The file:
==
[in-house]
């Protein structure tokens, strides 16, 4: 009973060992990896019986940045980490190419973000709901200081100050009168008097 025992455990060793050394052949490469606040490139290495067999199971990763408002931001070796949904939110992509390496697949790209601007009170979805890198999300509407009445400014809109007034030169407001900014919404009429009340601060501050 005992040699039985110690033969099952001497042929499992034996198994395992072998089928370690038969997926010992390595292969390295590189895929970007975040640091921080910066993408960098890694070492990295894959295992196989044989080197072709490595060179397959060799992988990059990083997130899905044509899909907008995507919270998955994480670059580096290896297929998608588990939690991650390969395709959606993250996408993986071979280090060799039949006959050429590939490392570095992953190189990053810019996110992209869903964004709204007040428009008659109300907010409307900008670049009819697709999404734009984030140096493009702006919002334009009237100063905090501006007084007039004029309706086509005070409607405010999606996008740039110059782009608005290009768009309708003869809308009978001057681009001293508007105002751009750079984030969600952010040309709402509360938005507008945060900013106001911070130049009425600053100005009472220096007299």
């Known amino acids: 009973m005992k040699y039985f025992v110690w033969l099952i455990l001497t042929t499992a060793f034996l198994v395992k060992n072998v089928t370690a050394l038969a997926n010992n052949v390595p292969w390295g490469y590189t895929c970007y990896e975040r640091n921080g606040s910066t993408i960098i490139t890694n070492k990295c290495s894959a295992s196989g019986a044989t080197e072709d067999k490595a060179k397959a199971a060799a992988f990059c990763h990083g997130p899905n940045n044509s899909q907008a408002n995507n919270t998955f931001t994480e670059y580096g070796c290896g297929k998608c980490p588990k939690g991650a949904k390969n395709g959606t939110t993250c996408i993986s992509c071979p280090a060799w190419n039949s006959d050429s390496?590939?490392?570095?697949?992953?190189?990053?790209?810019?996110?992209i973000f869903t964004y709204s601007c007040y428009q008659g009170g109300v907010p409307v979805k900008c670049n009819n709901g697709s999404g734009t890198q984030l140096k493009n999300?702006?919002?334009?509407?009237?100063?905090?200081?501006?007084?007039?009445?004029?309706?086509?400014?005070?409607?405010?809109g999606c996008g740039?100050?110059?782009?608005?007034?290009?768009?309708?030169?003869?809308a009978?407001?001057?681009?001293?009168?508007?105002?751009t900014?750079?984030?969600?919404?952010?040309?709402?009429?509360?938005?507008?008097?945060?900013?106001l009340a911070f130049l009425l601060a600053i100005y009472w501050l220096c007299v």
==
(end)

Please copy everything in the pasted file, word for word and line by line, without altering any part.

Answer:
[in-house]
């Protein structure tokens, strides 16, 4: 009973060992990896019986940045980490190419973000709901200081100050009168008097 025992455990060793050394052949490469606040490139290495067999199971990763408002931001070796949904939110992509390496697949790209601007009170979805890198999300509407009445400014809109007034030169407001900014919404009429009340601060501050 005992040699039985110690033969099952001497042929499992034996198994395992072998089928370690038969997926010992390595292969390295590189895929970007975040640091921080910066993408960098890694070492990295894959295992196989044989080197072709490595060179397959060799992988990059990083997130899905044509899909907008995507919270998955994480670059580096290896297929998608588990939690991650390969395709959606993250996408993986071979280090060799039949006959050429590939490392570095992953190189990053810019996110992209869903964004709204007040428009008659109300907010409307900008670049009819697709999404734009984030140096493009702006919002334009009237100063905090501006007084007039004029309706086509005070409607405010999606996008740039110059782009608005290009768009309708003869809308009978001057681009001293508007105002751009750079984030969600952010040309709402509360938005507008945060900013106001911070130049009425600053100005009472220096007299």
């Known amino acids: 009973m005992k040699y039985f025992v110690w033969l099952i455990l001497t042929t499992a060793f034996l198994v395992k060992n072998v089928t370690a050394l038969a997926n010992n052949v390595p292969w390295g490469y590189t895929c970007y990896e975040r640091n921080g606040s910066t993408i960098i490139t890694n070492k990295c290495s894959a295992s196989g019986a044989t080197e072709d067999k490595a060179k397959a199971a060799a992988f990059c990763h990083g997130p899905n940045n044509s899909q907008a408002n995507n919270t998955f931001t994480e670059y580096g070796c290896g297929k998608c980490p588990k939690g991650a949904k390969n395709g959606t939110t993250c996408i993986s992509c071979p280090a060799w190419n039949s006959d050429s390496?590939?490392?570095?697949?992953?190189?990053?790209?810019?996110?992209i973000f869903t964004y709204s601007c007040y428009q008659g009170g109300v907010p409307v979805k900008c670049n009819n709901g697709s999404g734009t890198q984030l140096k493009n999300?702006?919002?334009?509407?009237?100063?905090?200081?501006?007084?007039?009445?004029?309706?086509?400014?005070?409607?405010?809109g999606c996008g740039?100050?110059?782009?608005?007034?290009?768009?309708?030169?003869?809308a009978?407001?001057?681009?001293?009168?508007?105002?751009t900014?750079?984030?969600?919404?952010?040309?709402?009429?509360?938005?507008?008097?945060?900013?106001l009340a911070f130049l009425l601060a600053i100005y009472w501050l220096c007299v």